The Professional – 5 Reasons Why Emulating Ben Simmons Won’t Fly in the Workplace

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Well, the NBA season is underway, and it is one of the more anticipated seasons in recent memory. There are a myriad of competitive head-to-head matchups that have fans salivating. This season is also filled with some interesting controversies and headlines that exploded throughout the world of sports before the season even began. One of those controversies involve Ben Simmons and his tumultuous relationship with the Philadelphia 76ers. Following a dreadful playoff performance that witnessed him literally avoid touching the basketball, passing up open shots, and passing immediately to teammates if he did get his fingertips on the ball.

Simmons lost confidence in his shot and was petrified of going to the free throw line. Already a bad free throw shooter at 61%, that average plummeted to a woeful 34% during the playoffs. The Philadelphia fanbase and media were merciless. To be honest, Simmons was shook mentally, and I seriously felt remorse for the guy. I am old enough to remember a similar mental block occur with former NBA star Nick Anderson. However, as bad as the press have been, Simmons has exhibited a glaring lack of accountability and self-awareness. Simmons is fortunate. He is still a superstar with a ton of talent, so he can still be an asset to any team seeking a championship. Nevertheless, the average employee works in the real world absent multimillion dollar contracts, agents, and basketball talent to leverage demands. Exhibiting behavior like Ben Simmons just may get you terminated. Here are some behaviors one should definitely avoid when working in the office.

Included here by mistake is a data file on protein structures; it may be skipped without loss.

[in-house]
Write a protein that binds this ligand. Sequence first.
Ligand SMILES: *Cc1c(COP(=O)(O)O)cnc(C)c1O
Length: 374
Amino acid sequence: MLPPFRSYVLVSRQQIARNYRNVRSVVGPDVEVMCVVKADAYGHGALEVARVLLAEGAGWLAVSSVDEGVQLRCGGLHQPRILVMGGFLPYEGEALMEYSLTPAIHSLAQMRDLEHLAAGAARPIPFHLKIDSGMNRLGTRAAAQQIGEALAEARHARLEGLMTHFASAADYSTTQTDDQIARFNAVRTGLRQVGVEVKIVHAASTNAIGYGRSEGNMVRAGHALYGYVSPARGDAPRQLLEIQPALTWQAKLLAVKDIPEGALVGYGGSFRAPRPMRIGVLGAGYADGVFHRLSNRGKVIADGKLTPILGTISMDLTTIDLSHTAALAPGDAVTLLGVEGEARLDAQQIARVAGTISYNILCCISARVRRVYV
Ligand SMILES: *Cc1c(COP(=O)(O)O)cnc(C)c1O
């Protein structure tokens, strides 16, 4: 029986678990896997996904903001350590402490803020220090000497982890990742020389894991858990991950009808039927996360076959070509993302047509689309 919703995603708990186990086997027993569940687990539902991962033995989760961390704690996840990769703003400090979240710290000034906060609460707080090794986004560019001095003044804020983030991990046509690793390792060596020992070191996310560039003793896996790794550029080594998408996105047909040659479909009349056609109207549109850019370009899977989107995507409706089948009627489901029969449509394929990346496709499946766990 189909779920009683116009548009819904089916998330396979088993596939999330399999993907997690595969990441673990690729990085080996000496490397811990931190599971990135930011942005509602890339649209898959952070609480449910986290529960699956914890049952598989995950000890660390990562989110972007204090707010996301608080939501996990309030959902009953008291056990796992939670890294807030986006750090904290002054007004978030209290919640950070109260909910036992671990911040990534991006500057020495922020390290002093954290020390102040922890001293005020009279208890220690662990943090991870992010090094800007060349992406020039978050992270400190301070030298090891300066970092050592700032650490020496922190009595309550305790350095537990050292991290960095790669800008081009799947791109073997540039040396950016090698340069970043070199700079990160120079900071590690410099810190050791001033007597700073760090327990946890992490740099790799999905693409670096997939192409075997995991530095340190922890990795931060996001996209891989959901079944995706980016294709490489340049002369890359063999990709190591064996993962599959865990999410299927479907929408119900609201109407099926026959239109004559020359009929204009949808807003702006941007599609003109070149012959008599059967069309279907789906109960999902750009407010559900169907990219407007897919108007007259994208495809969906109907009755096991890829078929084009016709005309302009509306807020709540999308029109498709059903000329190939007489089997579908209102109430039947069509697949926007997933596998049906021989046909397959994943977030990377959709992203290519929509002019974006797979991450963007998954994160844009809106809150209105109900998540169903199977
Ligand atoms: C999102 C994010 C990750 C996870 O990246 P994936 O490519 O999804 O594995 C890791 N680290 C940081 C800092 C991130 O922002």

Bad Work Performance – If you are gainfully employed by a company, there is a logical expectation that you perform your job suitably enough to receive compensation. Now, whether or not those wages are fair & competitive is subject matter for another blog post. Nevertheless, if you are an employee with suspect work ethic and inadequate work performance, a company can reserve the authority to separate you from the business. Unlike Ben Simmons, it is highly doubtful you will be afforded the same opportunity to dial in bad performance after bad performance without meaning repercussions. People also have a self-inflated sense of their worth. Sure, one should always have confidence in oneself. However, you can’t have Craig Ehlo skills with a Michael Jordan attitude.